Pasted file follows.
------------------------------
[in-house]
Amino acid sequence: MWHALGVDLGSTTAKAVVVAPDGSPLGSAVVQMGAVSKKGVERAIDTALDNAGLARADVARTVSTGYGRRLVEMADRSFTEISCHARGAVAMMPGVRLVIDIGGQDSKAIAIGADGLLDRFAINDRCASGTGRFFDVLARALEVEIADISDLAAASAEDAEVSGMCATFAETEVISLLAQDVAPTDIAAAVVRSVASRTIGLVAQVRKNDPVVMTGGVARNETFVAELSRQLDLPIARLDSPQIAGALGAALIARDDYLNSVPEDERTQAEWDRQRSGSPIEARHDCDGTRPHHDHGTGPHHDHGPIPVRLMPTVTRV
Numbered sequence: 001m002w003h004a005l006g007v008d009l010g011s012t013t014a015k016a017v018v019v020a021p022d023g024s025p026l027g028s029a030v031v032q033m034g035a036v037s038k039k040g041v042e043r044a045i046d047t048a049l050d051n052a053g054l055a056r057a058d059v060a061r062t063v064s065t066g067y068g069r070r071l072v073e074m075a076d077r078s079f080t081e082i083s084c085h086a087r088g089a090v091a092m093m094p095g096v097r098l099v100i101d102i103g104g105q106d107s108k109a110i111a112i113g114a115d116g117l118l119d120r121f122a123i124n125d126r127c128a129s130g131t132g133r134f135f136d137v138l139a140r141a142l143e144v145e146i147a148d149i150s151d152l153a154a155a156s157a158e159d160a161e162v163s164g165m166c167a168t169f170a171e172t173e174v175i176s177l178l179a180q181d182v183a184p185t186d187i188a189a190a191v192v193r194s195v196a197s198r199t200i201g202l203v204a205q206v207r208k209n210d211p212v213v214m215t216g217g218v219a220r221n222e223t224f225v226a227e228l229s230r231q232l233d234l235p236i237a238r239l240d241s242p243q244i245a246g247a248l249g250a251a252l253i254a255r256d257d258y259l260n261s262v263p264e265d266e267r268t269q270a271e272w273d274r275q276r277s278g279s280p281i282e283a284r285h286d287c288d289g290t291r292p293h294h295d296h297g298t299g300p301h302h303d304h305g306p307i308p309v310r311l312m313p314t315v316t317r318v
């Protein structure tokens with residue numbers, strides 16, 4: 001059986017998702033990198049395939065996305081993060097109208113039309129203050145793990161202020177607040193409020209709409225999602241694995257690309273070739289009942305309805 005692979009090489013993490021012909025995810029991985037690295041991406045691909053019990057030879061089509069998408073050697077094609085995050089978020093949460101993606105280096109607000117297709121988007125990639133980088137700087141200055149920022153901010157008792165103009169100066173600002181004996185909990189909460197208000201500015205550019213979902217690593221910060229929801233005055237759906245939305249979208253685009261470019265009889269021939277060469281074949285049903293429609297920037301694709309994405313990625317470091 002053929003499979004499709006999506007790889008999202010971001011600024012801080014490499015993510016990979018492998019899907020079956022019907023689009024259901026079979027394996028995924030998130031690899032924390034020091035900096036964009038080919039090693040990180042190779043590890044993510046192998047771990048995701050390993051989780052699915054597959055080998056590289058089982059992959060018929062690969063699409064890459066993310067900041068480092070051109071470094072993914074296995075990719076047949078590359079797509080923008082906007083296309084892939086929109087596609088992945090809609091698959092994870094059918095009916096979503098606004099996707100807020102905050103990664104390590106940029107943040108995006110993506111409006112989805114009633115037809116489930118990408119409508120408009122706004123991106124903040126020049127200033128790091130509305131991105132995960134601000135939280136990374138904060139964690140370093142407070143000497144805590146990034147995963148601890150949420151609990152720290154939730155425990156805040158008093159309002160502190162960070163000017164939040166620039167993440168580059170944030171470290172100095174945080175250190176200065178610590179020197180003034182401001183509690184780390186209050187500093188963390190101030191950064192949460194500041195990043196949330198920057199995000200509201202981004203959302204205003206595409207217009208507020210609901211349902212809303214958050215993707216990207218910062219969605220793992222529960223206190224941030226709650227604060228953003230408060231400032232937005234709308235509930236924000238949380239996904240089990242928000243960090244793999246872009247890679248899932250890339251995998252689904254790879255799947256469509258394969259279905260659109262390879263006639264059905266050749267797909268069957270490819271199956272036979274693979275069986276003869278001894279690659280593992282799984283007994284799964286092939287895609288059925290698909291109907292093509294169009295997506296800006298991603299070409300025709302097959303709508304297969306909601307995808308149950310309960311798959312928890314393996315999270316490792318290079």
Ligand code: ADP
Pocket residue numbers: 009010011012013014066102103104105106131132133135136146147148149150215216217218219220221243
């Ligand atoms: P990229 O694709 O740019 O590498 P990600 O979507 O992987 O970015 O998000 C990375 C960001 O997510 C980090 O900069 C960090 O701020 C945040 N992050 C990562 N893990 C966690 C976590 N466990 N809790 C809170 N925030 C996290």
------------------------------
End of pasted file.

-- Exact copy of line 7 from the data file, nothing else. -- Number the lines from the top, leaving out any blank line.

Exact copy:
């Ligand atoms: P990229 O694709 O740019 O590498 P990600 O979507 O992987 O970015 O998000 C990375 C960001 O997510 C980090 O900069 C960090 O701020 C945040 N992050 C990562 N893990 C966690 C976590 N466990 N809790 C809170 N925030 C996290």